Browsing by Subject "capital adequacy"

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  • Manninen, Otso; Tiililä, Nea (2020)
    Bank of Finland Bulletin. Analysis
    The need for sustainable finance has grown because of the urgency to mitigate climate change. One proposal to encourage sustainable finance is the Green Supporting Factor, which would make it less costly for entities in the financial sector to finance environmentally sustainable investments. However, it is not clear how well this would incentivise companies in the real economy to ‘greenify’ their investments. Furthermore, the uncertainties and potential adverse effects of the Green Supporting Factor make it an alternative all the less appealing.
  • Nykänen, Marja (2021)
    Bank of Finland. Bulletin 1/2021
    Household behaviour and business activity continue to be very much influenced by the COVID-19 pandemic. The prospects for the economic environment returning to a state of normalcy are improving, however, as vaccine rollouts gather pace in Finland and abroad. The Finnish economy has held up better than feared in the worst-case scenarios envisaged one year ago, and the financial system has continued to function well. The economy's better-than-expected performance can be attributed especially to the policy measures put in place domestically and in the euro area, and to the ability of households and businesses to adjust to the emergency conditions.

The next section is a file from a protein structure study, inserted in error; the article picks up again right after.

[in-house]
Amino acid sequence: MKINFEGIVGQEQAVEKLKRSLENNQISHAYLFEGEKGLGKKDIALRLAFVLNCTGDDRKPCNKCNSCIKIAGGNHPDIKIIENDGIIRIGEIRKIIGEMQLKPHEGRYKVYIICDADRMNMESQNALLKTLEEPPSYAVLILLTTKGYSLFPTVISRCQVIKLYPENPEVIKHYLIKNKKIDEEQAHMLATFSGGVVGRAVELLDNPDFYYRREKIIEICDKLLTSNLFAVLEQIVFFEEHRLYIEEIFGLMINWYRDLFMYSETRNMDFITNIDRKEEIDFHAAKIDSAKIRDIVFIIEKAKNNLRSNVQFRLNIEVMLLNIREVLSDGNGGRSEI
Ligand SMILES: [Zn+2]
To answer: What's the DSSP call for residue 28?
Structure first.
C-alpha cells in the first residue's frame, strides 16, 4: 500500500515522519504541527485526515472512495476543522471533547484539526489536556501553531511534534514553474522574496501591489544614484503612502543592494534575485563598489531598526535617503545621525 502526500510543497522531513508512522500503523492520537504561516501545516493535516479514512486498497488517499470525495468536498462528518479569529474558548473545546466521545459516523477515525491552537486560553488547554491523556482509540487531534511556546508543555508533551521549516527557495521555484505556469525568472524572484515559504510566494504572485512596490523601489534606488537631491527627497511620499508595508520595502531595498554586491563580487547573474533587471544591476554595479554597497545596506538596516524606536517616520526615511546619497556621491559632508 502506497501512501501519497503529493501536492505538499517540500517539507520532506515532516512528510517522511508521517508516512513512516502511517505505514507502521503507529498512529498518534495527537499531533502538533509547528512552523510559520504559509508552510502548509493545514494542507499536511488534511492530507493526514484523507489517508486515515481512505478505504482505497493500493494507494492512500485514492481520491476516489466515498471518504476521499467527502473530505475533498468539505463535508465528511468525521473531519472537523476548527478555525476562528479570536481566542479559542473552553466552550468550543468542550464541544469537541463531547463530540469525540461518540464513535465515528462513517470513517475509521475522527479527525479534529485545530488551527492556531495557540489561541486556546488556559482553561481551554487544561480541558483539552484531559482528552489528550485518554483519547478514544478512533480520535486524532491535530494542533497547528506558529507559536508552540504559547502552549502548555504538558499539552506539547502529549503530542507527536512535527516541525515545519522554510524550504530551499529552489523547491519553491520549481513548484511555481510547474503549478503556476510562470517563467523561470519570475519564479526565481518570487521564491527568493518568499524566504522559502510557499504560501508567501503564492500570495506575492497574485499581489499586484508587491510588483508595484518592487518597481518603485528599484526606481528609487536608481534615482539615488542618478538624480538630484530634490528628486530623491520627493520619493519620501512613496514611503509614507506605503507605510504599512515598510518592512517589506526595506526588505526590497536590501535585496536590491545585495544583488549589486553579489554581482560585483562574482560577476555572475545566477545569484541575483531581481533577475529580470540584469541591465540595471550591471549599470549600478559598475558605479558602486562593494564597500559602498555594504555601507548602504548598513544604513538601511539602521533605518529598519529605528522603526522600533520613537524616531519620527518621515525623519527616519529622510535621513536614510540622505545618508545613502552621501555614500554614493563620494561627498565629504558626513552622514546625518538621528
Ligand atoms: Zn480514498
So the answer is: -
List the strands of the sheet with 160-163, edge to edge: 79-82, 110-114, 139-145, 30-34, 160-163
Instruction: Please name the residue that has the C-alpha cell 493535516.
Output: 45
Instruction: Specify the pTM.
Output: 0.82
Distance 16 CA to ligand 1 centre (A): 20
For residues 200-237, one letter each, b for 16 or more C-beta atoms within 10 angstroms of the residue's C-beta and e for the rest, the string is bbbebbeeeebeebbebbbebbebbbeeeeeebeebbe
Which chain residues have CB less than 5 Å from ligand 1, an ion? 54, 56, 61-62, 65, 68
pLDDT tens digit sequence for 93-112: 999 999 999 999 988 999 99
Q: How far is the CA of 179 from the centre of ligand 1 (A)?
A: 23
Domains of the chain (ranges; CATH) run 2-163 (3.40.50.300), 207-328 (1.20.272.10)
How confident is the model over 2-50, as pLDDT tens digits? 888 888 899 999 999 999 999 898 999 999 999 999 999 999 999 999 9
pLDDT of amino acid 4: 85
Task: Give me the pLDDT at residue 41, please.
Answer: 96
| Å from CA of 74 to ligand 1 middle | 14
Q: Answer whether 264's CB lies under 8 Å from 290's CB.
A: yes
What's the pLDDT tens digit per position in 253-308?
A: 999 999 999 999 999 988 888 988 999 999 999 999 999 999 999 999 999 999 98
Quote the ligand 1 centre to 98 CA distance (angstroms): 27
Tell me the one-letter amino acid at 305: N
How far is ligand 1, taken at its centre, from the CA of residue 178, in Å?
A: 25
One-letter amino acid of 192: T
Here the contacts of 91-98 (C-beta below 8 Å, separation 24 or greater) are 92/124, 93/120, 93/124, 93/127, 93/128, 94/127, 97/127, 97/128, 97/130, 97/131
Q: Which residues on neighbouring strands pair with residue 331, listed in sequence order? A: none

• Savolainen, Eero; Tölö, Eero (2017)
    Bank of Finland. Bulletin 2/2017
    The Finnish, Swedish, Norwegian and Danish banking sectors have broadly similar strengths and weaknesses. Their profitability is strong, capital adequacy solid, and loan losses have been at historically low levels for a long time. On the other hand, the national banking sectors are large and concentrated and their systemic risks relate largely to lending to the residential and commercial real estate markets.
  • Asplund, Tuulia (2016)
    Bank of Finland. Bulletin 2/2016
    The capital requirements for banks were revised recently to improve the financial system's resilience to shocks. What remains is the finalisation of the reforms and the specification of implementation. The assessment and monitoring of the overall impact of regulation is important to ensure fair competition between banks and the financial system's ability to support sustainable economic growth.